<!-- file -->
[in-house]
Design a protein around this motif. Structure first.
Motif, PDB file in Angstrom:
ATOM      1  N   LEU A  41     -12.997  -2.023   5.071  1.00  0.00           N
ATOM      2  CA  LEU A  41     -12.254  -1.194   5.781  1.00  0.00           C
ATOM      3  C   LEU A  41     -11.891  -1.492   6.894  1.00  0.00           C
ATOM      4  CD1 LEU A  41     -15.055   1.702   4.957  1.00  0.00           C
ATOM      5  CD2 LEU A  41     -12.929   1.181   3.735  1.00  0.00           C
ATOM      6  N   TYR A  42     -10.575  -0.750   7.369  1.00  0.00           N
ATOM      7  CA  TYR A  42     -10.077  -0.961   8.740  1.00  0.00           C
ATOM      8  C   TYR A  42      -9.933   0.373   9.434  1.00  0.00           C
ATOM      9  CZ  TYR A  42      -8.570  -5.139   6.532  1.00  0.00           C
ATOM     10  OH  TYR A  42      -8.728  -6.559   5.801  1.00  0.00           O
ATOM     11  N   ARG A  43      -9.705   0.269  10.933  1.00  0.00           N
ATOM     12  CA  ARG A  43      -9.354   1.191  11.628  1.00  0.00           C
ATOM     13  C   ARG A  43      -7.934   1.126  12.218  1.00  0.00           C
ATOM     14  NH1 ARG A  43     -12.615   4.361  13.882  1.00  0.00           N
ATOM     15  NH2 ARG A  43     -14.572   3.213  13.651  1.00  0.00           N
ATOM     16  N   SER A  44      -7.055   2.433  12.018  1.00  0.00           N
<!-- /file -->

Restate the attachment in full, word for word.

[in-house]
Design a protein around this motif. Structure first.
Motif, PDB file in Angstrom:
ATOM      1  N   LEU A  41     -12.997  -2.023   5.071  1.00  0.00           N
ATOM      2  CA  LEU A  41     -12.254  -1.194   5.781  1.00  0.00           C
ATOM      3  C   LEU A  41     -11.891  -1.492   6.894  1.00  0.00           C
ATOM      4  CD1 LEU A  41     -15.055   1.702   4.957  1.00  0.00           C
ATOM      5  CD2 LEU A  41     -12.929   1.181   3.735  1.00  0.00           C
ATOM      6  N   TYR A  42     -10.575  -0.750   7.369  1.00  0.00           N
ATOM      7  CA  TYR A  42     -10.077  -0.961   8.740  1.00  0.00           C
ATOM      8  C   TYR A  42      -9.933   0.373   9.434  1.00  0.00           C
ATOM      9  CZ  TYR A  42      -8.570  -5.139   6.532  1.00  0.00           C
ATOM     10  OH  TYR A  42      -8.728  -6.559   5.801  1.00  0.00           O
ATOM     11  N   ARG A  43      -9.705   0.269  10.933  1.00  0.00           N
ATOM     12  CA  ARG A  43      -9.354   1.191  11.628  1.00  0.00           C
ATOM     13  C   ARG A  43      -7.934   1.126  12.218  1.00  0.00           C
ATOM     14  NH1 ARG A  43     -12.615   4.361  13.882  1.00  0.00           N
ATOM     15  NH2 ARG A  43     -14.572   3.213  13.651  1.00  0.00           N
ATOM     16  N   SER A  44      -7.055   2.433  12.018  1.00  0.00           N